Beethoven

Running the gamut with Beethoven

The Miró Quartet and violinist Jennifer Frautschli time-travel audaciously with the Big B. at Chamber Music Northwest

To borrow from Henry James, there are times when Beethoven has nothing to say to us, and those are our worst moments. Chamber Music Northwest and the Miró Quartet are in the midst of two performances titled Beethoven’s Progression – the program opened Monday night at Reed College and repeats Tuesday evening at Lincoln Performance Hall – that give a look into the composer’s evolution, contrasting his early and most popular septet with a later, largely shunned string quartet. Part of a season-long exploration of Beethoven’s music, it’s also a preview of Shifrin and the Miró’s collaboration with actor Jack Gilpin on the world premiere this Friday of playwright Harry Clark’s theatrical work An Unlikely Muse: Brahms and Mühlfeld.

In our times the artist who perhaps most resembles Beethoven is painter Chuck Close. Close suffered a spinal artery collapse in his late 40s that has left him mostly paralyzed. His early works are large photorealistic portraits that dive straight into the psychology of his subjects: forceful and assertive observations about the conflicts between body, heart, age, and desires that fluctuate in the human mind. After Close’s accident he stayed with the canvas, but used his limited mobility not only to break down into atomic precision the colors in their composition, but also to dig the knife deeper into the mindsets of his subjects.

The Mirò Quartet: down in the trenches with Beethoven.

The Miró Quartet: down in the trenches with Beethoven.

Beethoven’s Septet in E-flat Major, Op. 20 and String Quartet in E-flat Major, Op. 127 give us a similar handle on the composer. The Septet begins as a playful match among strings, woodwinds and horns. Beethoven takes a cavalier delight in matching tempo wits with Mozart, the older master’s snappy rests with the strings that take us from lullabies to the sound of young girls learning how to be coy. Where Mozart makes bubbling play with his sounds, knowing he is creating delight for us mere mortals, Beethoven is looking at the intellect that could create such revolutionary nuance.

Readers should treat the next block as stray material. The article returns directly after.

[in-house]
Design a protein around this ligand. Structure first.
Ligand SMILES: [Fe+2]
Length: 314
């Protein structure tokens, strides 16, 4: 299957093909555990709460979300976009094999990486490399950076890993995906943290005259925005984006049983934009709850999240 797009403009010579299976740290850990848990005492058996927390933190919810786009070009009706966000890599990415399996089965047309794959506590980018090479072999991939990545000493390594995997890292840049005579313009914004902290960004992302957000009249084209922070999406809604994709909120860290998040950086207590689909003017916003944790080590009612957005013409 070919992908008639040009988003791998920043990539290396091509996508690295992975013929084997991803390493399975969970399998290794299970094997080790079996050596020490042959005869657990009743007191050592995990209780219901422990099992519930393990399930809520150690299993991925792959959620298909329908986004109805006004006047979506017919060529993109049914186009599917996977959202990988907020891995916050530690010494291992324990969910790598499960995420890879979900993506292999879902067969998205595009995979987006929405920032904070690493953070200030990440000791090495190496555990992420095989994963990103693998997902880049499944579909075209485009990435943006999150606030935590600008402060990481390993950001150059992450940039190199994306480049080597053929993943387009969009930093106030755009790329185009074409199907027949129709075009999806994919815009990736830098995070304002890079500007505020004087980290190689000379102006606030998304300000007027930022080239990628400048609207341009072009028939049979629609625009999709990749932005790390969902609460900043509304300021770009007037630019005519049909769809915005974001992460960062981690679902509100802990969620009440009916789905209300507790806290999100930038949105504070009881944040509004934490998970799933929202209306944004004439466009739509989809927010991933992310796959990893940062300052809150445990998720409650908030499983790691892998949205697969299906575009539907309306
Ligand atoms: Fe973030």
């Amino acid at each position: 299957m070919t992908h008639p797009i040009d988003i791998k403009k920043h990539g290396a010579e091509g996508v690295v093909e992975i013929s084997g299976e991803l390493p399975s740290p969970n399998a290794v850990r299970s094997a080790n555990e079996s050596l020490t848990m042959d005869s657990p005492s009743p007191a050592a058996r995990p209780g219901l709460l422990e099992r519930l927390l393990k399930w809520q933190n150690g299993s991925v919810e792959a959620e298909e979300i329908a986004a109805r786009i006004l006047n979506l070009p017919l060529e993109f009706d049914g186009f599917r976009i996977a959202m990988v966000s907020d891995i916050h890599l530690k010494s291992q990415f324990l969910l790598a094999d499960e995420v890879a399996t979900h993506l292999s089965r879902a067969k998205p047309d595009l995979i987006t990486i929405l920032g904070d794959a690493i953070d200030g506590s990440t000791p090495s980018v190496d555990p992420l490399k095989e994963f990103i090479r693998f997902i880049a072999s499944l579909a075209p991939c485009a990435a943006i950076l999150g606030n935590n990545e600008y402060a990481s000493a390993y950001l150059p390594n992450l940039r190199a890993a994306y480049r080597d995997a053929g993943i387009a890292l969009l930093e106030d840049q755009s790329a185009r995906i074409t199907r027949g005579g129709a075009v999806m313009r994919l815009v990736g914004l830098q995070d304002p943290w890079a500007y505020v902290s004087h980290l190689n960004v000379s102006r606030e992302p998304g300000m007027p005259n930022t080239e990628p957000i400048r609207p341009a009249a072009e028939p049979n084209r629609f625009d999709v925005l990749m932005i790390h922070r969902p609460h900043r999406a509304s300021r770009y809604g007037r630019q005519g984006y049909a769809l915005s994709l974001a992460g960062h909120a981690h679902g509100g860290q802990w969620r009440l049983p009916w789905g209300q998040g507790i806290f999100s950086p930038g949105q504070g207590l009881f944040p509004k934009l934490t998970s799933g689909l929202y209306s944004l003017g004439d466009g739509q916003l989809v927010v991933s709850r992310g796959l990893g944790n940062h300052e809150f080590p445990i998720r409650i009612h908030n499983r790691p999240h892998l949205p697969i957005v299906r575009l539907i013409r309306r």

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Bach Fest: an ace in the mule

A pair of historically informed concerts from the Big Names of the Concert Hall display the stubborn pleasures of keeping things elemental

EUGENE – I once spent a day at the mule races. They were a lot like the horse races, except more … eccentric. A mule race, I discovered to my delight, is a singularly unforgettable experience, unpredictable and unrepeatable in its essence: like snowflakes, no two mule races can ever be alike. The animals seem comical, but in a serious way, with a strength and power and sheer cussedness all their own. A nobility, too: a mule is a mule, and not an imitation horse, and it’s here to make sure you know it. A mule is happy to go where you want to go, as long as where you want to go is where it wants to go, too, and that makes the task of jockeying one of these sturdy contrarians seem like an attempt to tame an intransigent force with a flexible straw. It can be a major accomplishment simply to get the mule pointed in the right direction and focused on actually crossing the finish line. When you manage it with speed and style as well, it’s a triumph.